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What felt like 100 Years of Solitude: How 2020 changed the outlook of graduate students

As society emerges from the COVID-19 pandemic, people start to reflect on the past year and a half. Some people wrapped themselves at home as they binge-watch Netflix, Disney+, or HBO Max. Others served on the front lines in the health care, food, and agricultural and energy fields. For this post, I wanted to ask fellow graduate school students how 2020 changed their life path.

Jada Hester, University of North Carolina Hussman School of Journalism and Media Journalism MA: Emotionally it’s been very confusing and draining not getting closure from undergrad. Missing graduation. Missing saying goodbye to my friends. I had to cancel events and activities I had planned during the last month or so of my senior year. I had to separate from my older family members. More practically, I had a three-week-long backpacking trip through Africa planned for summer 2020. I had been planning it for nearly two years and then didn’t get to go. I got a fantastic summer media fellowship in NYC and an internship with Sony last year-canceled. I’ve spent my first year of grad school at home.

Desia Bacon, University of Wisconsin at Madison PhD Student and NSF Graduate Research Fellow: My perspective hasn’t changed much throughout the pandemic, but rather it’s reinforced things I already believed. I think many people have realized several things that they would not have considered before.

1) The importance of boundaries and enforcing those boundaries for your well-being. People are so quick to skirt their boundaries or make exceptions. Working from home and living in a global health crisis has highlighted how much you have to enforce your boundaries in every area of your life for your physical health and mental health.

2) Who and what is essential, and the privilege it is to work from home. I’ve been a cashier, a barista, and a server; I know what it’s like, so I’ve always had immense respect for others in service positions, but I also recognize the privilege I have to not have work in one of those positions during a pandemic. I do not have to risk my safety for the sake of others and to pay my bills. I hope that other people’s perceptions of workers many previously considered having menial or less-than jobs have changed their perspective and recognize that it’s a privilege to work from home and rely on grocery delivery or takeout delivery. Someone else is risking their safety to help keep you safe, so tip them REALLY well, like above 20% if you have the funds to do so. 3) human connection exists outside of your office or happy hour with friends. Not seeing anyone in the past 14 months could be, and probably has been, for many, very isolating for people. I’ve found ways to connect with people despite not seeing them in person and even outside of FaceTiming with friends and family. I’ve connected with people via virtual zoom theatre (a quick plug for my friends at and Phoenix Tears Productions) as well as joining communities online based on common interests. We write each other letters and send little pick-me-up presents, we chat online and via video, and of course, we share little stories of humanity. The connection looks different at this time, but it’s out there.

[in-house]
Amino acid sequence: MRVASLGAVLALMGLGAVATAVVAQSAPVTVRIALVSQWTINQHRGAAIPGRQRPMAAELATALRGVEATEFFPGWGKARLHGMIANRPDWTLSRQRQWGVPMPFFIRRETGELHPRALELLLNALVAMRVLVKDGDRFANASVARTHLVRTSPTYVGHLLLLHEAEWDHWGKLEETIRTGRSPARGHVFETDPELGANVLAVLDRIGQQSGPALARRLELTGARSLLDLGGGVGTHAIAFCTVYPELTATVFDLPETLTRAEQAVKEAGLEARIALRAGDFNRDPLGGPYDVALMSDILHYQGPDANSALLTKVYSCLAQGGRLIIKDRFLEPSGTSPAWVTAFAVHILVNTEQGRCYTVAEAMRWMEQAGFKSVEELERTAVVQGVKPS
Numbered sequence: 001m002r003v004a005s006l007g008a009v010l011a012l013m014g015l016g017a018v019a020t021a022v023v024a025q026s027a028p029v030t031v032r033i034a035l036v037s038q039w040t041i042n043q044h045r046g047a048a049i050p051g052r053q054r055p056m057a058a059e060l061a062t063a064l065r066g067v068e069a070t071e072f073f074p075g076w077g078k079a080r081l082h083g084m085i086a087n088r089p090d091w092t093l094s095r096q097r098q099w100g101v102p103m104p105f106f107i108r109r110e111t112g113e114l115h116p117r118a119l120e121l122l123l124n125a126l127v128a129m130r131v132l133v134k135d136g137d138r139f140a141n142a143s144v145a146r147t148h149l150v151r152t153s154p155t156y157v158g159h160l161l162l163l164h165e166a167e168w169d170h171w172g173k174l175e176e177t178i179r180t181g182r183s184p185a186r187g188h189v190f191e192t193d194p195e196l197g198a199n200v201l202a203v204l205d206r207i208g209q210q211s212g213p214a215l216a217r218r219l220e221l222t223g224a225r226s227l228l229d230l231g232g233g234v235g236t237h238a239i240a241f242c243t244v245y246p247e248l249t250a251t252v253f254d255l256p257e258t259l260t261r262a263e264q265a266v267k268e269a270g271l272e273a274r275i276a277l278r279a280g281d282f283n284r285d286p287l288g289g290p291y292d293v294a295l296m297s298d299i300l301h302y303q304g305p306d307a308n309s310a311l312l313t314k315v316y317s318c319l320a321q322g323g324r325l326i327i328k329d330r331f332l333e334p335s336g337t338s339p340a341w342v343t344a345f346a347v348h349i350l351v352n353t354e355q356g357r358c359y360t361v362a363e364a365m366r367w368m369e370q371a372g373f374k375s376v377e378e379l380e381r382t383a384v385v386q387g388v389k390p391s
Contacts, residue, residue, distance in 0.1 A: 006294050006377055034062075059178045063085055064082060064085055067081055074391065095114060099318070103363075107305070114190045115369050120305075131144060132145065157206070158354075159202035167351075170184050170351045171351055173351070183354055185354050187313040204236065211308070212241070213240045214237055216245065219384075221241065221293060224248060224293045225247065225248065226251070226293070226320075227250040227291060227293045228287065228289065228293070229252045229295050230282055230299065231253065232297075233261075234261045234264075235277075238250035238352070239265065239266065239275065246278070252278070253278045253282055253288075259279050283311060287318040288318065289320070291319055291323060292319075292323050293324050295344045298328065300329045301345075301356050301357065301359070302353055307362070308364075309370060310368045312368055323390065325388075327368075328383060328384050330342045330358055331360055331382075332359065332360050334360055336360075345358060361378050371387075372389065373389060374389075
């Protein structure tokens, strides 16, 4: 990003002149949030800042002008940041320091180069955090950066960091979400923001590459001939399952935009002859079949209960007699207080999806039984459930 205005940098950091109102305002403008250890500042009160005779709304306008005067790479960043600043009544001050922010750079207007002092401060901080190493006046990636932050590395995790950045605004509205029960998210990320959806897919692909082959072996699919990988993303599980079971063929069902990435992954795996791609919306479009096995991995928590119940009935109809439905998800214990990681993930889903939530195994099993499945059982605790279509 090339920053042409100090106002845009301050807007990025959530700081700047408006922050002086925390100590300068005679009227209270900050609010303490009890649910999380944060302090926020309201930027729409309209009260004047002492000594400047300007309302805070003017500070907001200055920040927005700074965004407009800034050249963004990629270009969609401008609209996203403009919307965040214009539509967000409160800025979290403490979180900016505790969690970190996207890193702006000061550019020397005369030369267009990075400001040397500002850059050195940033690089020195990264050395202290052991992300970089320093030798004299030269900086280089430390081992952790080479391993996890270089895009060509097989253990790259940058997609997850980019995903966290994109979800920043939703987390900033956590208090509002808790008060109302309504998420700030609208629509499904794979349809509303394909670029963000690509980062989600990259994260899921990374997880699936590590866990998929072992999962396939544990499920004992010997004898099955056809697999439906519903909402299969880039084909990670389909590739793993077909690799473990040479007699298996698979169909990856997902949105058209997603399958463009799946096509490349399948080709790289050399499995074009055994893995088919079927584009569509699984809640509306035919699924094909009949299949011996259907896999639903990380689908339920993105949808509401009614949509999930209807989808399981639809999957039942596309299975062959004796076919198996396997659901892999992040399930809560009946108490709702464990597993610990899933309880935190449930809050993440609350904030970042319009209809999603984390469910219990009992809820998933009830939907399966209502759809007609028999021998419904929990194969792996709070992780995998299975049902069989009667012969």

Brandi Mitchell , University of North Carolina Hussman School of Journalism and Media Strategic Communications MA: It made me realize how much I valued spending time with my friends and family and how I took for granted that closeness in physical proximity.

Thank you Jada, Desia, and Brandi for these thoughtful insights.

*edited for length and clarity

Me on my first day of graduate school

Rachel Huss

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